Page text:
It can be said that fubo does offer normal, non-sports channels too. Among them are favorites such as AMC, MTV, and SYFY. Likewise, they do offer some news channels that Sling overlooks. Like Sling, 4K and HDR content isn’t represented very much in their respective line ups, though fubo does offer a few sporting events in 4k every now and then.
One of the main deal breakers for fubo is that they just don’t offer their service on very many platforms. While Roku, FireTV, Cloudcast, and Apple products have a fubo app, the majority of video game consoles and many smart TV’s, along with some other devices, can’t use fubo. So if you’re using a gaming console as your main entertainment device, you should consider passing on fubo.
Sling also has a wider variety of on-demand content than fubo does. On everything else, they seem to be comparable services, with Sling offering a little more bang for your buck if you don’t really care about sports beyond the occasional home-team game.
Hulu Vs. SlingTV:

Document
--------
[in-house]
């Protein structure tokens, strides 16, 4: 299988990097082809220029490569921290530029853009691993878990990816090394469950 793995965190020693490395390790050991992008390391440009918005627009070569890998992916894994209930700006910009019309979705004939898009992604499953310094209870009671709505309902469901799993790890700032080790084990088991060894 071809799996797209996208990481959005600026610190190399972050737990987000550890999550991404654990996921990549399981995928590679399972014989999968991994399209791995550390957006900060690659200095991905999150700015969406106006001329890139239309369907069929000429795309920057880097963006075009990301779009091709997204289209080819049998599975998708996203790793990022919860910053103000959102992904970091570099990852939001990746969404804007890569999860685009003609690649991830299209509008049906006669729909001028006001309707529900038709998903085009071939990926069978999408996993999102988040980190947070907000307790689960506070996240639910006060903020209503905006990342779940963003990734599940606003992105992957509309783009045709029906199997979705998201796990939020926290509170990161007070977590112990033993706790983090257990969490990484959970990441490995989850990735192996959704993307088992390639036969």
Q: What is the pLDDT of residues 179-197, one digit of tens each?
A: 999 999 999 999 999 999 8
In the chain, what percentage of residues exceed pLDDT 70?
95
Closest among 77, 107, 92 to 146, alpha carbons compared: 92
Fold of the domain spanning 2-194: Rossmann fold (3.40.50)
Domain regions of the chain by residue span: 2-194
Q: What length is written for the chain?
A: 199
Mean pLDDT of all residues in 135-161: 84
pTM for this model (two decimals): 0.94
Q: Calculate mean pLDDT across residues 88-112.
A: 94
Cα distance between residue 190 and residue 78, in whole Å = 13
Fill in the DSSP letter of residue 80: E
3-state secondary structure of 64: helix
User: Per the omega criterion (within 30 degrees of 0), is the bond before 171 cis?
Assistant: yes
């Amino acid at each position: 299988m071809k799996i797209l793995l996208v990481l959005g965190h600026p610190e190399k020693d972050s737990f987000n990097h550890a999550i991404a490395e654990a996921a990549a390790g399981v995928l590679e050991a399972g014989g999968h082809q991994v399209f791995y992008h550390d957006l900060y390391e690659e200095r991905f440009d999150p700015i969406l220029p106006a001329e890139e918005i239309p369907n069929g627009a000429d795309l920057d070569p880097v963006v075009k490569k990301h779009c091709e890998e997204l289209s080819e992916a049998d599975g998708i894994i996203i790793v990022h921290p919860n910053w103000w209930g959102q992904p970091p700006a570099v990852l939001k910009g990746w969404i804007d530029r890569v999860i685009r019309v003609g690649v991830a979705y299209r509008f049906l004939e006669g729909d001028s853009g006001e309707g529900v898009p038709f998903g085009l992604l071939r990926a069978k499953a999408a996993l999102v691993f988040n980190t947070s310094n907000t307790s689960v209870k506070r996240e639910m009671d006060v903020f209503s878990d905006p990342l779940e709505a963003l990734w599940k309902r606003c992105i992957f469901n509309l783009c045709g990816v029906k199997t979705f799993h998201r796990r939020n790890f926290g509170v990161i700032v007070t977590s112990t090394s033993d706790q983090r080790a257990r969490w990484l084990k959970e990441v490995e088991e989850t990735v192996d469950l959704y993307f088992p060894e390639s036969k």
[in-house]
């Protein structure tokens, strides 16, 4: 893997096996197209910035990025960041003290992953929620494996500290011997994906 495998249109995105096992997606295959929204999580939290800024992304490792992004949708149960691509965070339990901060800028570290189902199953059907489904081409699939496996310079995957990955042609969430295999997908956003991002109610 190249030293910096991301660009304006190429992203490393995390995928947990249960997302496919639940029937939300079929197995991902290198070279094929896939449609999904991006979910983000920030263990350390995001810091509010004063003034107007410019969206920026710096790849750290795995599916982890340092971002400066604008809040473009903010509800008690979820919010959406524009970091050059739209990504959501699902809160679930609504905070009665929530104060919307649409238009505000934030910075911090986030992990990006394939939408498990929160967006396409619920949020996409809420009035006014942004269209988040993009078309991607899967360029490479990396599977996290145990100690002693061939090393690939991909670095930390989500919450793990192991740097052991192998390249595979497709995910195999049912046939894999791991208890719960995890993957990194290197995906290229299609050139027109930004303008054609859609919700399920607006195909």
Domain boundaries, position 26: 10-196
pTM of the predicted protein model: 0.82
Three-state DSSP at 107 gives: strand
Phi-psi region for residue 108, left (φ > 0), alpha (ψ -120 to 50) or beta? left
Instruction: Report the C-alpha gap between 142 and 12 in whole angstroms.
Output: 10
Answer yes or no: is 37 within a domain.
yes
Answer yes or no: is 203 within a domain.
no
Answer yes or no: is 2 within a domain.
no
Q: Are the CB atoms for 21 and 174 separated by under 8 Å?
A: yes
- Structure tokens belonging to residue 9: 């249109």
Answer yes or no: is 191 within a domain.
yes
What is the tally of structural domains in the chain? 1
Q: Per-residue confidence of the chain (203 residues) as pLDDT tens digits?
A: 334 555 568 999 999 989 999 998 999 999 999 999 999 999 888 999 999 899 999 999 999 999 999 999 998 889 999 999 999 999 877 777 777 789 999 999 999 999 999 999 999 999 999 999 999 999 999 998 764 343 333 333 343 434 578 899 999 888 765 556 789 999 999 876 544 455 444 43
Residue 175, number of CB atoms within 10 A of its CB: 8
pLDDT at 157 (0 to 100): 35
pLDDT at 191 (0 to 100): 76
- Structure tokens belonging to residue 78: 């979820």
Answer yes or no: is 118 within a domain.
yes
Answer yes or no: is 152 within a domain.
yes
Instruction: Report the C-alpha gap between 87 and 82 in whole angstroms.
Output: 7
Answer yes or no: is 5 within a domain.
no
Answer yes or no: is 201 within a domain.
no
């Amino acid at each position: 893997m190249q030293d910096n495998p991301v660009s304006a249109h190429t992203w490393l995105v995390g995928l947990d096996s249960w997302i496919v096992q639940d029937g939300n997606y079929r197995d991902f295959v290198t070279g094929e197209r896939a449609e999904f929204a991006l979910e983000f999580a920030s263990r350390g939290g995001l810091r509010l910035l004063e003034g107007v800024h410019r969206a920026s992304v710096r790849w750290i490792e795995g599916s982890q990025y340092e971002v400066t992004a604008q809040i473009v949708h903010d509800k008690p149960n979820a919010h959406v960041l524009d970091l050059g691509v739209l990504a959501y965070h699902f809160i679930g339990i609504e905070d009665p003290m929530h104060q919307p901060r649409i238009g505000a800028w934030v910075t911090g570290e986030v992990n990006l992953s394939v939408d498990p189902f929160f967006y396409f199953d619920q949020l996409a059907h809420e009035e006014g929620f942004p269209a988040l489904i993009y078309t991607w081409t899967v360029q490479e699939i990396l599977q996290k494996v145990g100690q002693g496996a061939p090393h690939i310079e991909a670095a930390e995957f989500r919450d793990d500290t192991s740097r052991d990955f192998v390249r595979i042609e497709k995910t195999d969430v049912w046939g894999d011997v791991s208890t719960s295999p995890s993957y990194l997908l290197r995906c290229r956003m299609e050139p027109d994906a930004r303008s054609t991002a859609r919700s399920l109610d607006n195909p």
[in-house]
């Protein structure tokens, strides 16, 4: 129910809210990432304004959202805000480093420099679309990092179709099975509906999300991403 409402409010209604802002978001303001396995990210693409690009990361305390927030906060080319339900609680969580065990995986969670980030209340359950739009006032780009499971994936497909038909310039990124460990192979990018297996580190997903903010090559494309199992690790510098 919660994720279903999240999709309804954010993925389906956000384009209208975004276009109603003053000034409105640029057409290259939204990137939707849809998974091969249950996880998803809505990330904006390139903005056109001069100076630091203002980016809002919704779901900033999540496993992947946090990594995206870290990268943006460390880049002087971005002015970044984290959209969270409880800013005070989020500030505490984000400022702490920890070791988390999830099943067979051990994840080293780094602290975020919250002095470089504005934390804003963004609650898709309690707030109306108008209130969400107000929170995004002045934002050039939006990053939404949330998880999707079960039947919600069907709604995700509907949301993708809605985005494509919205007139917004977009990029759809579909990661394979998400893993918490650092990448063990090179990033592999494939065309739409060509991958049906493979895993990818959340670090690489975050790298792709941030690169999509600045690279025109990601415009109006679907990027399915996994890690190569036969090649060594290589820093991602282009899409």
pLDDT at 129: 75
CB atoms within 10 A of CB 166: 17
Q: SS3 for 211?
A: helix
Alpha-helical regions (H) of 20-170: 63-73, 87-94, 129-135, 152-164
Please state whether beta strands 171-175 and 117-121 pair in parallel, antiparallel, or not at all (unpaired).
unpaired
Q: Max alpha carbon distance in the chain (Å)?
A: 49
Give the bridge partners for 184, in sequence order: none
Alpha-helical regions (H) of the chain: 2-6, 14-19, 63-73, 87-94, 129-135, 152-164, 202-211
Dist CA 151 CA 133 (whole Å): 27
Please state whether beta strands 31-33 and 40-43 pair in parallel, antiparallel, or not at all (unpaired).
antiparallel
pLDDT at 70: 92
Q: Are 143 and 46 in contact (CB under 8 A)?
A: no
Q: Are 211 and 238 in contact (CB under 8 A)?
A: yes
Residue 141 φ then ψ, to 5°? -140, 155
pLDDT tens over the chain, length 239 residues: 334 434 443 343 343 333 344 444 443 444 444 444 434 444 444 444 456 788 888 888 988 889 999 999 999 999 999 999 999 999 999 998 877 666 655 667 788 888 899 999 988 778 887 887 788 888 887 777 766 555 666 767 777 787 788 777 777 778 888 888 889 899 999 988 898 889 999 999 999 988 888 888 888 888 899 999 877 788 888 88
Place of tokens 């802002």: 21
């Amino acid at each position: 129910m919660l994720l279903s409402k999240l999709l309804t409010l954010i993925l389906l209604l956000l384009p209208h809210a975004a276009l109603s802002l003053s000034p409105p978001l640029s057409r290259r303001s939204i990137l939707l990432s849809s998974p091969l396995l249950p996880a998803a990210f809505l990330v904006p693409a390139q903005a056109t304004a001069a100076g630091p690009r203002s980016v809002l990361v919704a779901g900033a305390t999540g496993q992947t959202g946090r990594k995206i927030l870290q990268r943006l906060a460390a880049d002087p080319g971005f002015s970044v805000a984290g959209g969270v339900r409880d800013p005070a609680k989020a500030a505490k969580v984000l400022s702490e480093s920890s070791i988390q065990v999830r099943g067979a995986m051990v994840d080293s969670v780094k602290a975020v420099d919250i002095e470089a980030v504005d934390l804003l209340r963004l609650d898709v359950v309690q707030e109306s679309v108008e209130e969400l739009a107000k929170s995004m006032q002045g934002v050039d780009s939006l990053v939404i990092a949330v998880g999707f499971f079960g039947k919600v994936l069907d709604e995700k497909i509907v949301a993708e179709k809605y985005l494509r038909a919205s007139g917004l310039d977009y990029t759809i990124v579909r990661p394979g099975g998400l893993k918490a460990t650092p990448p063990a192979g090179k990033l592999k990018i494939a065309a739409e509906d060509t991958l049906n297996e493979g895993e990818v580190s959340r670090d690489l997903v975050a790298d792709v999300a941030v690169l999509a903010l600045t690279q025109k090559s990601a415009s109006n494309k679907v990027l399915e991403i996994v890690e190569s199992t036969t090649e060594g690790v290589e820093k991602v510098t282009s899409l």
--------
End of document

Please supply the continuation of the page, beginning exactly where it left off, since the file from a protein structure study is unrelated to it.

Hulu has put it’s best foot forward into the live TV streaming game, and isn’t doing that bad. How do they compare to Sling?
In general, Hulu offers a robust package of channels, and only has one main content tier, with some add-on bundles if you so desire that range from $5 – $15 extra dollars per month for bundles of 5 to 10 channels each. They also offer an add on for HBO, which Sling does not, and probably will not for the foreseeable future.
One of the main disadvantages that Hulu has is that it doesn’t offer any content from Viacom owned channels. This means that popular networks like Comedy Channel, Nickelodeon, and MTV aren’t available. Surprisingly, this seems to be a common problem with most services. Sling does offer most Viacom channels, but only with premium service packages.